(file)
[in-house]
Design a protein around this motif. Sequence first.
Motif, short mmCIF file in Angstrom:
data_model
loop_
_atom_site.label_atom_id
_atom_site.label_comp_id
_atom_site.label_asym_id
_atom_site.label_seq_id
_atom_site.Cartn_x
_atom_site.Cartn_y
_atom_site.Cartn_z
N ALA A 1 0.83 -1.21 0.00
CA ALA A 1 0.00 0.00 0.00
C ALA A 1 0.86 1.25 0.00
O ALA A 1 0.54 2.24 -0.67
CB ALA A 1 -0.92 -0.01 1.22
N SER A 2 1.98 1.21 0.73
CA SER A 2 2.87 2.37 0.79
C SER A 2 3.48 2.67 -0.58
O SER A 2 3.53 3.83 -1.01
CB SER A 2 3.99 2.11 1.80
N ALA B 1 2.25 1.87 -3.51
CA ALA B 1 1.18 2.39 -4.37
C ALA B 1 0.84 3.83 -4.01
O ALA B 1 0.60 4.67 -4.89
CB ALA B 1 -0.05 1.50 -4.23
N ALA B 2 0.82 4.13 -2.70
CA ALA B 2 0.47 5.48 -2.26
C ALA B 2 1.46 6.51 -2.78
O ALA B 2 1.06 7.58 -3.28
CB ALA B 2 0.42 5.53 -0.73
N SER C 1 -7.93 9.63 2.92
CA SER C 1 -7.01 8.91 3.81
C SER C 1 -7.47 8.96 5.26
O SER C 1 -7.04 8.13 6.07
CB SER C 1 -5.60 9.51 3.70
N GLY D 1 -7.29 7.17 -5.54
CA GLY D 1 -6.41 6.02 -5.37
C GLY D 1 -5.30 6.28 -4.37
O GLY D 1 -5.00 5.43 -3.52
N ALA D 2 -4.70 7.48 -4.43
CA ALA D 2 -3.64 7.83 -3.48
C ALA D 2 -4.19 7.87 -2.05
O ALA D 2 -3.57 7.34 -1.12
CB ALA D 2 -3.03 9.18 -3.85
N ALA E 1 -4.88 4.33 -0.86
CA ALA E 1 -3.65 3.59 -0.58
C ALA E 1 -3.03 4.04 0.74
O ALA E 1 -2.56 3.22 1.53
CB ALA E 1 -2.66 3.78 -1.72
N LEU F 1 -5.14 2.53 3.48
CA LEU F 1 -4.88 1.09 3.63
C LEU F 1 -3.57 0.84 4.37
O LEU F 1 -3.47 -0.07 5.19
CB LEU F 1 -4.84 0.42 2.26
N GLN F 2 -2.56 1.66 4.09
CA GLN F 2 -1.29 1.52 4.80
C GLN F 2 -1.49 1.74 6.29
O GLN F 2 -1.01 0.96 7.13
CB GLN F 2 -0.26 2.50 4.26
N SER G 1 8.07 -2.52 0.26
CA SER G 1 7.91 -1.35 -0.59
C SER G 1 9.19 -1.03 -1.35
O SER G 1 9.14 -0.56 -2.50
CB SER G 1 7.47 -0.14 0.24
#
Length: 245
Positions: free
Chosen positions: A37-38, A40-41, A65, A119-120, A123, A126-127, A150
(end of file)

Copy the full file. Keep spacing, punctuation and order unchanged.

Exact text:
[in-house]
Design a protein around this motif. Sequence first.
Motif, short mmCIF file in Angstrom:
data_model
loop_
_atom_site.label_atom_id
_atom_site.label_comp_id
_atom_site.label_asym_id
_atom_site.label_seq_id
_atom_site.Cartn_x
_atom_site.Cartn_y
_atom_site.Cartn_z
N ALA A 1 0.83 -1.21 0.00
CA ALA A 1 0.00 0.00 0.00
C ALA A 1 0.86 1.25 0.00
O ALA A 1 0.54 2.24 -0.67
CB ALA A 1 -0.92 -0.01 1.22
N SER A 2 1.98 1.21 0.73
CA SER A 2 2.87 2.37 0.79
C SER A 2 3.48 2.67 -0.58
O SER A 2 3.53 3.83 -1.01
CB SER A 2 3.99 2.11 1.80
N ALA B 1 2.25 1.87 -3.51
CA ALA B 1 1.18 2.39 -4.37
C ALA B 1 0.84 3.83 -4.01
O ALA B 1 0.60 4.67 -4.89
CB ALA B 1 -0.05 1.50 -4.23
N ALA B 2 0.82 4.13 -2.70
CA ALA B 2 0.47 5.48 -2.26
C ALA B 2 1.46 6.51 -2.78
O ALA B 2 1.06 7.58 -3.28
CB ALA B 2 0.42 5.53 -0.73
N SER C 1 -7.93 9.63 2.92
CA SER C 1 -7.01 8.91 3.81
C SER C 1 -7.47 8.96 5.26
O SER C 1 -7.04 8.13 6.07
CB SER C 1 -5.60 9.51 3.70
N GLY D 1 -7.29 7.17 -5.54
CA GLY D 1 -6.41 6.02 -5.37
C GLY D 1 -5.30 6.28 -4.37
O GLY D 1 -5.00 5.43 -3.52
N ALA D 2 -4.70 7.48 -4.43
CA ALA D 2 -3.64 7.83 -3.48
C ALA D 2 -4.19 7.87 -2.05
O ALA D 2 -3.57 7.34 -1.12
CB ALA D 2 -3.03 9.18 -3.85
N ALA E 1 -4.88 4.33 -0.86
CA ALA E 1 -3.65 3.59 -0.58
C ALA E 1 -3.03 4.04 0.74
O ALA E 1 -2.56 3.22 1.53
CB ALA E 1 -2.66 3.78 -1.72
N LEU F 1 -5.14 2.53 3.48
CA LEU F 1 -4.88 1.09 3.63
C LEU F 1 -3.57 0.84 4.37
O LEU F 1 -3.47 -0.07 5.19
CB LEU F 1 -4.84 0.42 2.26
N GLN F 2 -2.56 1.66 4.09
CA GLN F 2 -1.29 1.52 4.80
C GLN F 2 -1.49 1.74 6.29
O GLN F 2 -1.01 0.96 7.13
CB GLN F 2 -0.26 2.50 4.26
N SER G 1 8.07 -2.52 0.26
CA SER G 1 7.91 -1.35 -0.59
C SER G 1 9.19 -1.03 -1.35
O SER G 1 9.14 -0.56 -2.50
CB SER G 1 7.47 -0.14 0.24
#
Length: 245
Positions: free
Chosen positions: A37-38, A40-41, A65, A119-120, A123, A126-127, A150